Looking Immigration Right in the Eye
The highest form of charity is that shown to those unable to reciprocate
and perhaps even to thank us in return.—Pope Francis
Long before immigrants, refugees, and migrants became the subjects of modern-day hot-button political debates, the Catholic Church addressed the question of whether people have the right to emigrate and immigrate. In the Catechism of the Catholic Church, “Part Three: Life in Christ, Section II: The Family and Society” refers to a “right to emigrate” (CCC 2211). It further declares, “The more prosperous nations are obliged, to the extent they are able, to welcome the foreigner in search of the security and the means of livelihood which he cannot find in his country of origin. Public authorities should see to it that the natural right is respected that places a guest under the protection of those who receive him” (CCC 2241).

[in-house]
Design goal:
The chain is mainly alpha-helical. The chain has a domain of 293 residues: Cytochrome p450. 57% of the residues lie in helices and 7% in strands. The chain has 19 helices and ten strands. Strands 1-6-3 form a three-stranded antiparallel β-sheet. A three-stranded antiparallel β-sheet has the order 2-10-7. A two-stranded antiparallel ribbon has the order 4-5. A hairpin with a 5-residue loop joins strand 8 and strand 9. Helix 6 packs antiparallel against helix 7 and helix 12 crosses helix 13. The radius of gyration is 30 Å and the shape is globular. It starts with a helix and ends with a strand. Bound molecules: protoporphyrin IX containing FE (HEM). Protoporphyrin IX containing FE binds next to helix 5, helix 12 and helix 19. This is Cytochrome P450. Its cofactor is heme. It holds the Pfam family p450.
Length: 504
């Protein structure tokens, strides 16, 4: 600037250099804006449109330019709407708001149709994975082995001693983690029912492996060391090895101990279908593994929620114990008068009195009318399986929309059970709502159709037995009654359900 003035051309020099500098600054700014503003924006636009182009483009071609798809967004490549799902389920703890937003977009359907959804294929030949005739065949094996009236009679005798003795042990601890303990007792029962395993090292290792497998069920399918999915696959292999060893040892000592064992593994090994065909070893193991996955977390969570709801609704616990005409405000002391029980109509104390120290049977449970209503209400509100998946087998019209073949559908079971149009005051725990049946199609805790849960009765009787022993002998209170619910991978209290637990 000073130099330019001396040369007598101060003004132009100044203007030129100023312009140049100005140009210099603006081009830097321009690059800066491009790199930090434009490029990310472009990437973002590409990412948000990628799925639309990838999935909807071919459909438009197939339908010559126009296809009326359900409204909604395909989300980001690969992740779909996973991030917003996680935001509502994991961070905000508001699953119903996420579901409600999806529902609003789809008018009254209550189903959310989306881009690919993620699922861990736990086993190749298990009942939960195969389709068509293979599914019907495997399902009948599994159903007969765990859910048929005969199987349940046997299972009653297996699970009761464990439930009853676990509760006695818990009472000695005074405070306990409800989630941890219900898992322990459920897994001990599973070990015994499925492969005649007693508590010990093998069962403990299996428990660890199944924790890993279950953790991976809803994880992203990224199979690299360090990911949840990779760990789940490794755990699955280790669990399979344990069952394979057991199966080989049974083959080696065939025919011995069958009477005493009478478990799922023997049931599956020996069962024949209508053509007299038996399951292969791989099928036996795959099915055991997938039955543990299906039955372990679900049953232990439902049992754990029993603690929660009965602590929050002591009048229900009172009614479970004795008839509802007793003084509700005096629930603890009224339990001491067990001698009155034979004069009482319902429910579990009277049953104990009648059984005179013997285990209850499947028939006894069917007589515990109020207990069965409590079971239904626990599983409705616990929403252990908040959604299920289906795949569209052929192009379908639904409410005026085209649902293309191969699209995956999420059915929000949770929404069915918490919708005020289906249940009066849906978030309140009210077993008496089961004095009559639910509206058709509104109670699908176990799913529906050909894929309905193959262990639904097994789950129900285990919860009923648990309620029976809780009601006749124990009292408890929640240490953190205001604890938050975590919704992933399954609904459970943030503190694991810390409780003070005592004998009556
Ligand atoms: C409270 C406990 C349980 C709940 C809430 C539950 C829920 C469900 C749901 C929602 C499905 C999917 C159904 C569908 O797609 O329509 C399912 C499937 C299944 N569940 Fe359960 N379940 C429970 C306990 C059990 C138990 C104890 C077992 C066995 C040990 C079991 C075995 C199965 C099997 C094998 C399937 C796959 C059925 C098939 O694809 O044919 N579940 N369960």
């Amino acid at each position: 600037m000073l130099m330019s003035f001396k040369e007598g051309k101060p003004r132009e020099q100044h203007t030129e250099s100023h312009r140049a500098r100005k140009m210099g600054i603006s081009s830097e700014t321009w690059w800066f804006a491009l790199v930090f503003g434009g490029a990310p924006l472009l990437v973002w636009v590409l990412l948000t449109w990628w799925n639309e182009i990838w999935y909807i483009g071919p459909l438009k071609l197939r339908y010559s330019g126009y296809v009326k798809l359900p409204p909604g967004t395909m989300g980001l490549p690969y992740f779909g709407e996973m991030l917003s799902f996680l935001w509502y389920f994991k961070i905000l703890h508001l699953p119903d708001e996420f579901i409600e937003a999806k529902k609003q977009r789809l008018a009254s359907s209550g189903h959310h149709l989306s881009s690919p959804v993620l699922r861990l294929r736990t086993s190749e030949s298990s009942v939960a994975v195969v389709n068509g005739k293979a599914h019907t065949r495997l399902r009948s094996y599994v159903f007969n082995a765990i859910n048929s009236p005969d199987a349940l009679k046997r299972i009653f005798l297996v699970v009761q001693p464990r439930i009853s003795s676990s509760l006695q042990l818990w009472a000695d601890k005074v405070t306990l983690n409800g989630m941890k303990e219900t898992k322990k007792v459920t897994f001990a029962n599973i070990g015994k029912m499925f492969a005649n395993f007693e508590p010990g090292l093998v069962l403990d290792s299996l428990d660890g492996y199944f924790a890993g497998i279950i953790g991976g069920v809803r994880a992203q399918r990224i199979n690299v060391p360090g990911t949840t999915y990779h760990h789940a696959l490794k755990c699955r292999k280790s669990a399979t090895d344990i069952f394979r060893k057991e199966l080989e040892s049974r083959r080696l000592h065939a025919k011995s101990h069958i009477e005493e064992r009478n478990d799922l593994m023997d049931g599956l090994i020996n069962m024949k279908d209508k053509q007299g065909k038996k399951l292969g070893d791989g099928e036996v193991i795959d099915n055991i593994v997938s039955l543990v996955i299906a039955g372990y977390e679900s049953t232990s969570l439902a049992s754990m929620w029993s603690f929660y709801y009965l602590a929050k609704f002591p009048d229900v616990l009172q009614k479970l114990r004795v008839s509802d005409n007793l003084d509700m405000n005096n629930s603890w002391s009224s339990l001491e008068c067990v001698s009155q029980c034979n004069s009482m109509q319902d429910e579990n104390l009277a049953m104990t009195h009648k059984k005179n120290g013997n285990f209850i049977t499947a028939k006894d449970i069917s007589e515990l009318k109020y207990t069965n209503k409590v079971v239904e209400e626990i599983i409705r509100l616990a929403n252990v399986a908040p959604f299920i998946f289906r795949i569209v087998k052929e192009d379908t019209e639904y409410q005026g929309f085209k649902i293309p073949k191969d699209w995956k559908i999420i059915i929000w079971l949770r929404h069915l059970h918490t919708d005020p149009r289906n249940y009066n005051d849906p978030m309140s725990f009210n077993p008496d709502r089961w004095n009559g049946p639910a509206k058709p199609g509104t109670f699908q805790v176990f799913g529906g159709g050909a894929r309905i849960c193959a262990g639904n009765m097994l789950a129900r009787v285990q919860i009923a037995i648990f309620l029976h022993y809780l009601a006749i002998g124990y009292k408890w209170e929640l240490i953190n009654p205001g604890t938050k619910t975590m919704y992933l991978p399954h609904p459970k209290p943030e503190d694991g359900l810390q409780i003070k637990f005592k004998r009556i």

Additionally, Catholic social teaching on this subject acknowledges that we don’t live in a perfect world. To imply a simple solution exists in addressing all sides of the immigration crisis would be foolish and false. In a pastoral statement titled “Welcoming the Stranger Among Us: United in Diversity,” the United States Conference of Catholic Bishops (USCCB) affirms this reality while also offering a balanced perspective on the subject:
While individuals have the right to move in search of a safe and humane life, no country is bound to accept all those who wish to resettle there….